A US study suggests strong gun control regulations reduce a state’s firearm deaths, but having neighbors with more lenient laws undermines their effect.Share on PinterestNew research suggests that one state’s lax gun laws could undo the effects of its neighbor’s stricter firearm regulations.In 2017, 39,773 people died from gun-related injuries in the United States, according to the National Center for Injury Prevention and Control.Overall, research indicates that stronger state laws governing the sale and ownership of firearms reduce firearm-related deaths. However, some states have relatively high rates of gun deaths despite strict regulations. To investigate why this might be the case, scientists at the University of Alabama at Birmingham, and the Boston University School of Public Health at Boston, MA, looked into the effects of firearm laws in neighboring states.They used the Web-based Injury Statistics Query and Reporting System to obtain figures for firearm-related deaths in the 48 adjacent U.S. states from 2000 to 2017. There were 578,022 firearm deaths in total, including homicides and suicides, but excluding deaths due to shootings by police or other law enforcement agents. The scientists also searched the State Firearm Laws Database for laws in each state regarding:background checksgun dealer regulationsbuyer regulationsgun-trafficking lawsThe team used the number of these laws as a proxy for gun control strength in each state.If you would like to check your registration status or register to vote, we have added some useful links at the bottom of this article.Overall, stronger state gun laws were associated with reduced firearm deaths, but having a neighboring state with more permissive laws undermined this protective effect.Larger policy differences across state borders were associated with increased gun-related deaths, suicides, and homicides, though the results were statistically stronger for suicide than homicide.The authors conclude:“This study adds to the growing literature emphasizing the role played by neighboring states’ firearm regulations in addition to own-state firearm regulations in firearm deaths. Failing to account for neighboring states with weaker laws, in some instances, can make a state’s own regulations appear less effective in reducing firearm deaths.”The scientists calculate that, on average, failure to account for weaker firearm laws in neighboring states make it appear as though a state’s laws were about 20% less effective at reducing deaths than they really were.They report their findings in the American Journal of Preventive Medicine.The researchers write that higher prices and strong marketing regulations can lead consumers to purchase firearms in adjacent, relatively unregulated markets. They say these are a frequent source of the guns used in crimes.They believe their work supports the case for more cooperative legislation between neighboring states and at the federal level.“I think the main message of this study is that to solve a nationwide problem we need to think of a nationwide or at least a regional-level (i.e. multistate) approach, like we may also need for the COVID-19 pandemic,” says Dr. Ye Liu, who is a doctoral student in the Department of Health Care Organization and Policy at the University of Alabama and the first author of the study. “An ‘each state on its own’ approach is ultimately inadequate to address one of the biggest public health challenges in this country,” Dr. Liu adds.The authors acknowledge the number of gun-control laws may not perfectly reflect the strictness of a state’s regulations. In addition, they note states may vary in how diligently they enforce these laws.They call for further studies that might use alternative measures of regulatory strength, focus on specific categories of law, or explore the effects of regulations in more distant states. To check your voter registration status, click here to visit VoteAmerica, a nonprofit, nonpartisan organization dedicated to increasing voter turnout. They can also help you register to vote, vote by mail, request an absentee ballot, or find your polling place.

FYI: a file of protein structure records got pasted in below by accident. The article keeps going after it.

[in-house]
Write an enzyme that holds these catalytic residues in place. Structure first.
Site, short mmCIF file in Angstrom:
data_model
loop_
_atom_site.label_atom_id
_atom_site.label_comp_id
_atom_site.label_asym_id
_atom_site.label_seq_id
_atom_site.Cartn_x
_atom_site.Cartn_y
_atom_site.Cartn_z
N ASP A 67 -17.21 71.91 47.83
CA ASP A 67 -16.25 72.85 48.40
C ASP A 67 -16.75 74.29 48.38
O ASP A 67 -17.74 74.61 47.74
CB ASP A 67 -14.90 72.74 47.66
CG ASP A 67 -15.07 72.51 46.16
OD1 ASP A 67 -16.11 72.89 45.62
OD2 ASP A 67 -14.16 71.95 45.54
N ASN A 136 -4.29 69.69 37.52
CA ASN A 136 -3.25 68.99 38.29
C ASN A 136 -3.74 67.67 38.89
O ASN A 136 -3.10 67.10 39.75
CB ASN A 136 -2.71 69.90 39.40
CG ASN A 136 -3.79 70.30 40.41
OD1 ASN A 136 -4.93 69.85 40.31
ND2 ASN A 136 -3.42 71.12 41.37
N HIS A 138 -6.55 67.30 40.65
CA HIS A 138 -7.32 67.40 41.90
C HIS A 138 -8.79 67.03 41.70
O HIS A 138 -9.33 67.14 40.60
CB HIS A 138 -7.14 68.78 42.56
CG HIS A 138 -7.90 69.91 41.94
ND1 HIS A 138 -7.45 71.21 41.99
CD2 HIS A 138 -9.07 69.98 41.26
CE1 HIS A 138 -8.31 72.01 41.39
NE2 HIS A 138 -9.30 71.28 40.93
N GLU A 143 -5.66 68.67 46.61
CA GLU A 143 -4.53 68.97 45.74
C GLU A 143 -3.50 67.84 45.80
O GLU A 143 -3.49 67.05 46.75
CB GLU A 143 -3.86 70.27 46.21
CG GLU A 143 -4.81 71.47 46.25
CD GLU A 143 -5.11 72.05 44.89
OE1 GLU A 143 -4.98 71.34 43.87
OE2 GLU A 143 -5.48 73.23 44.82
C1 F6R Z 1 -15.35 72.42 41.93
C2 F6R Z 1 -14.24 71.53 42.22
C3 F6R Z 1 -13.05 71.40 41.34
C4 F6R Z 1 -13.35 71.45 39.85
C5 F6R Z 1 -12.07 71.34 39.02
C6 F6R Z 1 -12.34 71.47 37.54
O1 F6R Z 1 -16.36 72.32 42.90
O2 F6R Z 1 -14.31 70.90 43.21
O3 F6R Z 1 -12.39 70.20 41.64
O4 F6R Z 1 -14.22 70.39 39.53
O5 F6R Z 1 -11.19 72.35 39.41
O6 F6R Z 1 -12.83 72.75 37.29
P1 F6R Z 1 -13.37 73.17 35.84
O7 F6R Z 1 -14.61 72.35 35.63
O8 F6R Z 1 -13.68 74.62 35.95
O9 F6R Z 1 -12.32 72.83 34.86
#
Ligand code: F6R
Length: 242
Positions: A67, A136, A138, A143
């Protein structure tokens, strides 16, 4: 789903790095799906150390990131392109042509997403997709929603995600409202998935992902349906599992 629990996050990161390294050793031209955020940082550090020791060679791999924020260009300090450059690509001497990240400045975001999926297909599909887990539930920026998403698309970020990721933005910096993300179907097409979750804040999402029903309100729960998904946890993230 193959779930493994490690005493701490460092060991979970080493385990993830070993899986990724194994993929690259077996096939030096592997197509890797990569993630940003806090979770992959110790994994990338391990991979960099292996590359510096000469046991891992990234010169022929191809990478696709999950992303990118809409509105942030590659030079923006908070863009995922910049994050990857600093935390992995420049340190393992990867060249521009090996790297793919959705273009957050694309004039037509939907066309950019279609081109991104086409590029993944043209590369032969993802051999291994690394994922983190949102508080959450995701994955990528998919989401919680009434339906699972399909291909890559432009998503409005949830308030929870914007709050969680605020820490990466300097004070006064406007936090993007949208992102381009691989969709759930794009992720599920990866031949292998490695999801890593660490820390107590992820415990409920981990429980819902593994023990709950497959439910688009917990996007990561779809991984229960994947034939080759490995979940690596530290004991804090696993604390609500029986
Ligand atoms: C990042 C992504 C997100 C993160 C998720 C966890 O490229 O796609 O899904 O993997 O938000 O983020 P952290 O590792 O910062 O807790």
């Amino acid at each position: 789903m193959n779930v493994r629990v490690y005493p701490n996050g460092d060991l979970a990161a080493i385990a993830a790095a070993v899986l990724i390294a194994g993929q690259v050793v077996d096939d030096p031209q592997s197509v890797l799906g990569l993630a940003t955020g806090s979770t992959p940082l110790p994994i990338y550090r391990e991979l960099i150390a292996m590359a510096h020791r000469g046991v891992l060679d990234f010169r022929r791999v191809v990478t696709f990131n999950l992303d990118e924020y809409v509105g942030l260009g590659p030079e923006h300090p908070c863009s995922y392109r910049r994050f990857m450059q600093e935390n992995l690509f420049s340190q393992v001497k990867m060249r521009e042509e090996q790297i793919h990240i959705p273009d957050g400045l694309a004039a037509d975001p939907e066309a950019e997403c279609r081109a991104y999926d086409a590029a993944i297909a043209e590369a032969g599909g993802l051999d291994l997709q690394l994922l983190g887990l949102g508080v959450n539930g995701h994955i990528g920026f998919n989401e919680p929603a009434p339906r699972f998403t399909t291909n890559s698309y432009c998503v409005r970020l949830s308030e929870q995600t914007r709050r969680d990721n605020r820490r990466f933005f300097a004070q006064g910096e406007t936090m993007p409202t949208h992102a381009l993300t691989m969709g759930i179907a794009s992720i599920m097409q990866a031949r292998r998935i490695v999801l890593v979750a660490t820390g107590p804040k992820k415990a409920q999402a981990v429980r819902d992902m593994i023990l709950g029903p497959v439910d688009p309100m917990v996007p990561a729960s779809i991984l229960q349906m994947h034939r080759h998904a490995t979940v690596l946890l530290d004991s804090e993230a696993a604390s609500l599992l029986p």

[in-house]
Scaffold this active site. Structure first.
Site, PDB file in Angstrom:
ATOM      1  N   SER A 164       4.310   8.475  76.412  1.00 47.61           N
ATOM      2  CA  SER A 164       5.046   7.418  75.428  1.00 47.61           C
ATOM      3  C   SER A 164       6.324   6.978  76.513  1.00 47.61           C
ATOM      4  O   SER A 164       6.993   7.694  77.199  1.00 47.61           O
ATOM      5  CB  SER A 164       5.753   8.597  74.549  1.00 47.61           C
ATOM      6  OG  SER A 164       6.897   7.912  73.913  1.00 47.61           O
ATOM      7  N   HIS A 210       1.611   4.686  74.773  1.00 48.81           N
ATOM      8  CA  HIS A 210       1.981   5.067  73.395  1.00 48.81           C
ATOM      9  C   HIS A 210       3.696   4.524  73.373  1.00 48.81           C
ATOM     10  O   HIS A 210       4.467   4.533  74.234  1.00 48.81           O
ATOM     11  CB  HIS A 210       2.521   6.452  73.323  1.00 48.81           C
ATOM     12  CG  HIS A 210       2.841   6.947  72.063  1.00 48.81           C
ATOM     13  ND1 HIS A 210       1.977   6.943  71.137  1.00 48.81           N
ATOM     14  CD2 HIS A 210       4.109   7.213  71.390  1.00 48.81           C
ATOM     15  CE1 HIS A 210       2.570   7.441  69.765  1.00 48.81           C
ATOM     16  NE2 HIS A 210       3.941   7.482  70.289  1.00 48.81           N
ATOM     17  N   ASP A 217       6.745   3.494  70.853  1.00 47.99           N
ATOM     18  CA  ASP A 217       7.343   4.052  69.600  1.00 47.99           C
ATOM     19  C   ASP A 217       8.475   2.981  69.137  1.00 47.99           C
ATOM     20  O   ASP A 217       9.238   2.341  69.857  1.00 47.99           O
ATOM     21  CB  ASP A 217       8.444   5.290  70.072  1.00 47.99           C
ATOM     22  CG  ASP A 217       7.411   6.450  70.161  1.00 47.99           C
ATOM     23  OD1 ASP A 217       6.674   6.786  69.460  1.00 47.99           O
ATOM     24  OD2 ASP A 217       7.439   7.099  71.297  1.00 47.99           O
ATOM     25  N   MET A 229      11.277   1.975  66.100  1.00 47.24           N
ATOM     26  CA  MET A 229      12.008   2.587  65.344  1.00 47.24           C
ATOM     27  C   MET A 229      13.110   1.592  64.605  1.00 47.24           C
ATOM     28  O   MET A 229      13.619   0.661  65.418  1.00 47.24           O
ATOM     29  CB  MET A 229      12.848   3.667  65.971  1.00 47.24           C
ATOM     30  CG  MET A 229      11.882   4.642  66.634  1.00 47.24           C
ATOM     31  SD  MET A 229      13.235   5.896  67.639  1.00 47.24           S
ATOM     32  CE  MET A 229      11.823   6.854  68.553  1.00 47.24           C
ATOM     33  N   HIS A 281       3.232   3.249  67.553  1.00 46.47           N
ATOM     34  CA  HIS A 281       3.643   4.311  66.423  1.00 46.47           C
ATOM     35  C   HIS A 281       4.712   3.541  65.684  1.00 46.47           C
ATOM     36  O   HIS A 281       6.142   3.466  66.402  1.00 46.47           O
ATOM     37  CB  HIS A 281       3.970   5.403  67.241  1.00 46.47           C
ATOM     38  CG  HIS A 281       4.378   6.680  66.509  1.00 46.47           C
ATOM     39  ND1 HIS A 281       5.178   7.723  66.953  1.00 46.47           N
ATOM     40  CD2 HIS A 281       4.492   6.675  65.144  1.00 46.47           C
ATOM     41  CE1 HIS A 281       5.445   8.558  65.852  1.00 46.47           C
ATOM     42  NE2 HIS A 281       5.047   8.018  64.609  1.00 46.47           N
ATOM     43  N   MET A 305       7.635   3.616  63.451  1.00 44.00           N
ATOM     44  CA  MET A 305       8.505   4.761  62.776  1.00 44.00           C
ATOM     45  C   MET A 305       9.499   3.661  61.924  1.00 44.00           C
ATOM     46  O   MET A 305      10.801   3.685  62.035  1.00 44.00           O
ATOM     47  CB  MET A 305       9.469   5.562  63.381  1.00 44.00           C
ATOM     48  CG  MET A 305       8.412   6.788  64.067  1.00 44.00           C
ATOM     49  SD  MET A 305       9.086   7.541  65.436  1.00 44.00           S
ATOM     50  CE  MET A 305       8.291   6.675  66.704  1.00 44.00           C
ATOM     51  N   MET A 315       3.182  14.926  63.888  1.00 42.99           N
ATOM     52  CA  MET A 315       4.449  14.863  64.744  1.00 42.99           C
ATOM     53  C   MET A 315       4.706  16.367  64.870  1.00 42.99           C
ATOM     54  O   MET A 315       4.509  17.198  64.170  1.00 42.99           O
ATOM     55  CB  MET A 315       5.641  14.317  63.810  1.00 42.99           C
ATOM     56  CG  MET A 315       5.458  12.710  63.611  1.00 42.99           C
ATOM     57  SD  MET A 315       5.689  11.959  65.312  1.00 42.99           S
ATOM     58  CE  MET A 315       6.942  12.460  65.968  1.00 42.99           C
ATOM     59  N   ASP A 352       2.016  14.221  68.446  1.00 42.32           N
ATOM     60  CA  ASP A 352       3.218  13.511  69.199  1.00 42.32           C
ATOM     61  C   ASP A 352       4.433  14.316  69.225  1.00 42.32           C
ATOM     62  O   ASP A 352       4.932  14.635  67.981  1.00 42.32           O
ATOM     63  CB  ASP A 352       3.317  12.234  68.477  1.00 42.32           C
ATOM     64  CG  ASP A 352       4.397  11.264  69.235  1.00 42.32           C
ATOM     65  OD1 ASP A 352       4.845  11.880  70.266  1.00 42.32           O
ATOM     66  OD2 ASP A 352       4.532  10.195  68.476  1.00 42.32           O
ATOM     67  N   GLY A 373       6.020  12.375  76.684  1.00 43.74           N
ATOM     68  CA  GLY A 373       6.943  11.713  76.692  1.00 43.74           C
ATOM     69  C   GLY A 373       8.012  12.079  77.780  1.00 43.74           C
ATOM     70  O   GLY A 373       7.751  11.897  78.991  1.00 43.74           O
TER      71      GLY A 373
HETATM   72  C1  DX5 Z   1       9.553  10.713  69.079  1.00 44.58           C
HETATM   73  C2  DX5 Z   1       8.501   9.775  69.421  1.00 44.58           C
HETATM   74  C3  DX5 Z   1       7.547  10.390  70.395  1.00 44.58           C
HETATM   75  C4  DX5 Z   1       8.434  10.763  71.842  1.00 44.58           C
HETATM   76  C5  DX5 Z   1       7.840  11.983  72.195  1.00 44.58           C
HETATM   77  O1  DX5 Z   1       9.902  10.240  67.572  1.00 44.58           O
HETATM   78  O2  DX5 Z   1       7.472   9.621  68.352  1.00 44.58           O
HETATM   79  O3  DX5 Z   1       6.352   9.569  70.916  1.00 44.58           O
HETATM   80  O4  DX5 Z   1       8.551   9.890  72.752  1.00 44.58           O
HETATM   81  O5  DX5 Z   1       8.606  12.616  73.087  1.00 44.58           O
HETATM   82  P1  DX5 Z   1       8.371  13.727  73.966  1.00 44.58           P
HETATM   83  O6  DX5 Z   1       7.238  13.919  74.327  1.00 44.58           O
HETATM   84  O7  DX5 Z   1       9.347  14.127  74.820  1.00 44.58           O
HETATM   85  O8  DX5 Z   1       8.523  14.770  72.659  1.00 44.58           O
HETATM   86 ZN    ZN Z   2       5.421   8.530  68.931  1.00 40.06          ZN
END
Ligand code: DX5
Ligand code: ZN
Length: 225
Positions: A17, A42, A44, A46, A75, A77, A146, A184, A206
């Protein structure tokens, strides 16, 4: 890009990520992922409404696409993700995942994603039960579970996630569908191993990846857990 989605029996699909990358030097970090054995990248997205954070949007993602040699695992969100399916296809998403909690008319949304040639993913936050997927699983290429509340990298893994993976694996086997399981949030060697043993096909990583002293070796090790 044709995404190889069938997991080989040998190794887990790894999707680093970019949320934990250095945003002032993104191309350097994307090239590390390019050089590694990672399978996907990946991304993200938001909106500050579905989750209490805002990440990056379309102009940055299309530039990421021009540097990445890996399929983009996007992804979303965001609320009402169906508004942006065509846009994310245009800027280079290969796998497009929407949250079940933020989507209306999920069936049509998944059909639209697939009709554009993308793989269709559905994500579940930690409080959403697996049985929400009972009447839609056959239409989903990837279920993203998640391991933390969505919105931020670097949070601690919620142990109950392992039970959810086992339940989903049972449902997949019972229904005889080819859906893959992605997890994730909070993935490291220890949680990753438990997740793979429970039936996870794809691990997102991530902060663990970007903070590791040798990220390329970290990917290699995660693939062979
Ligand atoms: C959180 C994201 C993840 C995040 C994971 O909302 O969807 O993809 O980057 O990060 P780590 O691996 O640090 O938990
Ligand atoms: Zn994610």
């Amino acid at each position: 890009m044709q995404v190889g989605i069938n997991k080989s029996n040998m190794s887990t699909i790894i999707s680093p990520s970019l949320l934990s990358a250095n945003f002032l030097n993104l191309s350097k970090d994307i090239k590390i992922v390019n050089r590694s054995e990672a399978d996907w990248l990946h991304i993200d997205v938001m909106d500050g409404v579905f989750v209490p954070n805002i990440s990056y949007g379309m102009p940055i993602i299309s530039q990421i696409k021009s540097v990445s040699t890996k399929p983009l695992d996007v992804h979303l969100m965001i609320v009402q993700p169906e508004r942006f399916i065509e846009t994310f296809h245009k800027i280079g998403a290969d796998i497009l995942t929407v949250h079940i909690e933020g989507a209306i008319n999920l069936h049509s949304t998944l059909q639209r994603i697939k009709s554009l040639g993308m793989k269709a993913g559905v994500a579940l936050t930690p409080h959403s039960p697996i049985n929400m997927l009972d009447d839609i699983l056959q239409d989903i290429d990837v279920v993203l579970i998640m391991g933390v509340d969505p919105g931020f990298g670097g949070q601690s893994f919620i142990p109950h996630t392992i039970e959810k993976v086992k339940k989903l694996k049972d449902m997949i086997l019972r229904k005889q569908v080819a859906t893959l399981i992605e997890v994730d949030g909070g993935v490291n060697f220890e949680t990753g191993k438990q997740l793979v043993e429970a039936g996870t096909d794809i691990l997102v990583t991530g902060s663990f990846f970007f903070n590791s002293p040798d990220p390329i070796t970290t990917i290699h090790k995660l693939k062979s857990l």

COVID-19 will eventually become seasonal, researchers predict
A new study argues that COVID-19 is likely to become a seasonal disease similar to influenza — but not before a vaccine and greater herd immunity are achieved.Share on PinterestResearchers warn that COVID-19 outbreaks may become a seasonal occurrence.New research published in the journal Frontiers in Public Health suggests that SARS-CoV-2 is likely to be…